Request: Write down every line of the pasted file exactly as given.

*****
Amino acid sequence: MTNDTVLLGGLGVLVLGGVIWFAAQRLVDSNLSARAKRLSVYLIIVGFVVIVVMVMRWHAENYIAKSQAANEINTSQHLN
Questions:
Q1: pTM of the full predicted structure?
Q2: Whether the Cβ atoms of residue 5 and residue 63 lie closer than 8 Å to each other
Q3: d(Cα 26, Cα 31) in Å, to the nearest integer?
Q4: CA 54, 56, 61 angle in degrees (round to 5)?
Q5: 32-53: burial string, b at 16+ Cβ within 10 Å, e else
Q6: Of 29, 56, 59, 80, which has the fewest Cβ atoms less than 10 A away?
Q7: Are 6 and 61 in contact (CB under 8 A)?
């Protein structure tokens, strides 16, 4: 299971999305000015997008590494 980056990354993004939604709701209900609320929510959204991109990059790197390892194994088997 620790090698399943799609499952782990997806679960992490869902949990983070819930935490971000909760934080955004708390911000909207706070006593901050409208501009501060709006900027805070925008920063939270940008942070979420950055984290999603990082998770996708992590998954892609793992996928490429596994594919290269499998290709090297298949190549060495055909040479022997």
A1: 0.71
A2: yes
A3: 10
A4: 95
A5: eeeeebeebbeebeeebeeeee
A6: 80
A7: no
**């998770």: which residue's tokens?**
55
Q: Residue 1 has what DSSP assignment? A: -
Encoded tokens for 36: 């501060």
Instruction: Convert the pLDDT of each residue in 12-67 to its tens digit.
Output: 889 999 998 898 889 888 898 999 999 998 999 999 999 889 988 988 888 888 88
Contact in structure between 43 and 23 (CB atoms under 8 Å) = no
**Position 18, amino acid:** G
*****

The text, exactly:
Amino acid sequence: MTNDTVLLGGLGVLVLGGVIWFAAQRLVDSNLSARAKRLSVYLIIVGFVVIVVMVMRWHAENYIAKSQAANEINTSQHLN
Questions:
Q1: pTM of the full predicted structure?
Q2: Whether the Cβ atoms of residue 5 and residue 63 lie closer than 8 Å to each other
Q3: d(Cα 26, Cα 31) in Å, to the nearest integer?
Q4: CA 54, 56, 61 angle in degrees (round to 5)?
Q5: 32-53: burial string, b at 16+ Cβ within 10 Å, e else
Q6: Of 29, 56, 59, 80, which has the fewest Cβ atoms less than 10 A away?
Q7: Are 6 and 61 in contact (CB under 8 A)?
């Protein structure tokens, strides 16, 4: 299971999305000015997008590494 980056990354993004939604709701209900609320929510959204991109990059790197390892194994088997 620790090698399943799609499952782990997806679960992490869902949990983070819930935490971000909760934080955004708390911000909207706070006593901050409208501009501060709006900027805070925008920063939270940008942070979420950055984290999603990082998770996708992590998954892609793992996928490429596994594919290269499998290709090297298949190549060495055909040479022997």
A1: 0.71
A2: yes
A3: 10
A4: 95
A5: eeeeebeebbeebeeebeeeee
A6: 80
A7: no
**């998770």: which residue's tokens?**
55
Q: Residue 1 has what DSSP assignment? A: -
Encoded tokens for 36: 């501060």
Instruction: Convert the pLDDT of each residue in 12-67 to its tens digit.
Output: 889 999 998 898 889 888 898 999 999 998 999 999 999 889 988 988 888 888 88
Contact in structure between 43 and 23 (CB atoms under 8 Å) = no
**Position 18, amino acid:** G